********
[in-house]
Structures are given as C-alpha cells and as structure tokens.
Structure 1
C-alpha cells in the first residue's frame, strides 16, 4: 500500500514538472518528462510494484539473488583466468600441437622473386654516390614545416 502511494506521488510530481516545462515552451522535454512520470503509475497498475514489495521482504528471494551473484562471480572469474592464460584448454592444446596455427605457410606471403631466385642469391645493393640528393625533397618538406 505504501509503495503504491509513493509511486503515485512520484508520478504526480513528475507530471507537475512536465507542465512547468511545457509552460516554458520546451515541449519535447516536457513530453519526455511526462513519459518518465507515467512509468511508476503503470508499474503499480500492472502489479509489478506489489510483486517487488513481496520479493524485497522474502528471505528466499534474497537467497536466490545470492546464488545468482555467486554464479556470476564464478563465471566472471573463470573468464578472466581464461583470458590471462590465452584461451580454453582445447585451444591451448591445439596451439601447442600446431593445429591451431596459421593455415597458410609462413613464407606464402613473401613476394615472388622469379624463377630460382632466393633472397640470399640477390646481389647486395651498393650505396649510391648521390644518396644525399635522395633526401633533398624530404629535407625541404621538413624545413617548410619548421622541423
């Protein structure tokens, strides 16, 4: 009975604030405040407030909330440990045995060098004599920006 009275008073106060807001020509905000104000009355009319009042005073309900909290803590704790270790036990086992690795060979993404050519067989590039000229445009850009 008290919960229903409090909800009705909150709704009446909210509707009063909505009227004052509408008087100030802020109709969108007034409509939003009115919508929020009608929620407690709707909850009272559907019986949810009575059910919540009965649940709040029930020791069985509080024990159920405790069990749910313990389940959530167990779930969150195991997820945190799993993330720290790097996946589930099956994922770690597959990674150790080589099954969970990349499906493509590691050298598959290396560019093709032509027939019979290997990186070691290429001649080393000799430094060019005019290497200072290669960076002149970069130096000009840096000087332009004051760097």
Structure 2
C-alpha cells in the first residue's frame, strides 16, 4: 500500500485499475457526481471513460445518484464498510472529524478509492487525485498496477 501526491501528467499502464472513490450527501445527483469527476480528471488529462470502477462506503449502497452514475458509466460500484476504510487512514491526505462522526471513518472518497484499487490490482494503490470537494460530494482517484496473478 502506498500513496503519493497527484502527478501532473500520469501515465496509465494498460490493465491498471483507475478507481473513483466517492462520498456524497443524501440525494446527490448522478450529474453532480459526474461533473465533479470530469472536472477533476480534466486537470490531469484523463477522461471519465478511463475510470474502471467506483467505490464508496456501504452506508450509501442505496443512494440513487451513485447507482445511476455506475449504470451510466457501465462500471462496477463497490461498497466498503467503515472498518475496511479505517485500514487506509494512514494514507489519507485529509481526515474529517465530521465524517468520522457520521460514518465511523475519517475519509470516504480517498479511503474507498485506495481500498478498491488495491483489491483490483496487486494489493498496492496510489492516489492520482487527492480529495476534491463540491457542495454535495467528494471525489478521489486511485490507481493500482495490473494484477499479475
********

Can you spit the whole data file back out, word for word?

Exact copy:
[in-house]
Structures are given as C-alpha cells and as structure tokens.
Structure 1
C-alpha cells in the first residue's frame, strides 16, 4: 500500500514538472518528462510494484539473488583466468600441437622473386654516390614545416 502511494506521488510530481516545462515552451522535454512520470503509475497498475514489495521482504528471494551473484562471480572469474592464460584448454592444446596455427605457410606471403631466385642469391645493393640528393625533397618538406 505504501509503495503504491509513493509511486503515485512520484508520478504526480513528475507530471507537475512536465507542465512547468511545457509552460516554458520546451515541449519535447516536457513530453519526455511526462513519459518518465507515467512509468511508476503503470508499474503499480500492472502489479509489478506489489510483486517487488513481496520479493524485497522474502528471505528466499534474497537467497536466490545470492546464488545468482555467486554464479556470476564464478563465471566472471573463470573468464578472466581464461583470458590471462590465452584461451580454453582445447585451444591451448591445439596451439601447442600446431593445429591451431596459421593455415597458410609462413613464407606464402613473401613476394615472388622469379624463377630460382632466393633472397640470399640477390646481389647486395651498393650505396649510391648521390644518396644525399635522395633526401633533398624530404629535407625541404621538413624545413617548410619548421622541423
């Protein structure tokens, strides 16, 4: 009975604030405040407030909330440990045995060098004599920006 009275008073106060807001020509905000104000009355009319009042005073309900909290803590704790270790036990086992690795060979993404050519067989590039000229445009850009 008290919960229903409090909800009705909150709704009446909210509707009063909505009227004052509408008087100030802020109709969108007034409509939003009115919508929020009608929620407690709707909850009272559907019986949810009575059910919540009965649940709040029930020791069985509080024990159920405790069990749910313990389940959530167990779930969150195991997820945190799993993330720290790097996946589930099956994922770690597959990674150790080589099954969970990349499906493509590691050298598959290396560019093709032509027939019979290997990186070691290429001649080393000799430094060019005019290497200072290669960076002149970069130096000009840096000087332009004051760097």
Structure 2
C-alpha cells in the first residue's frame, strides 16, 4: 500500500485499475457526481471513460445518484464498510472529524478509492487525485498496477 501526491501528467499502464472513490450527501445527483469527476480528471488529462470502477462506503449502497452514475458509466460500484476504510487512514491526505462522526471513518472518497484499487490490482494503490470537494460530494482517484496473478 502506498500513496503519493497527484502527478501532473500520469501515465496509465494498460490493465491498471483507475478507481473513483466517492462520498456524497443524501440525494446527490448522478450529474453532480459526474461533473465533479470530469472536472477533476480534466486537470490531469484523463477522461471519465478511463475510470474502471467506483467505490464508496456501504452506508450509501442505496443512494440513487451513485447507482445511476455506475449504470451510466457501465462500471462496477463497490461498497466498503467503515472498518475496511479505517485500514487506509494512514494514507489519507485529509481526515474529517465530521465524517468520522457520521460514518465511523475519517475519509470516504480517498479511503474507498485506495481500498478498491488495491483489491483490483496487486494489493498496492496510489492516489492520482487527492480529495476534491463540491457542495454535495467528494471525489478521489486511485490507481493500482495490473494484477499479475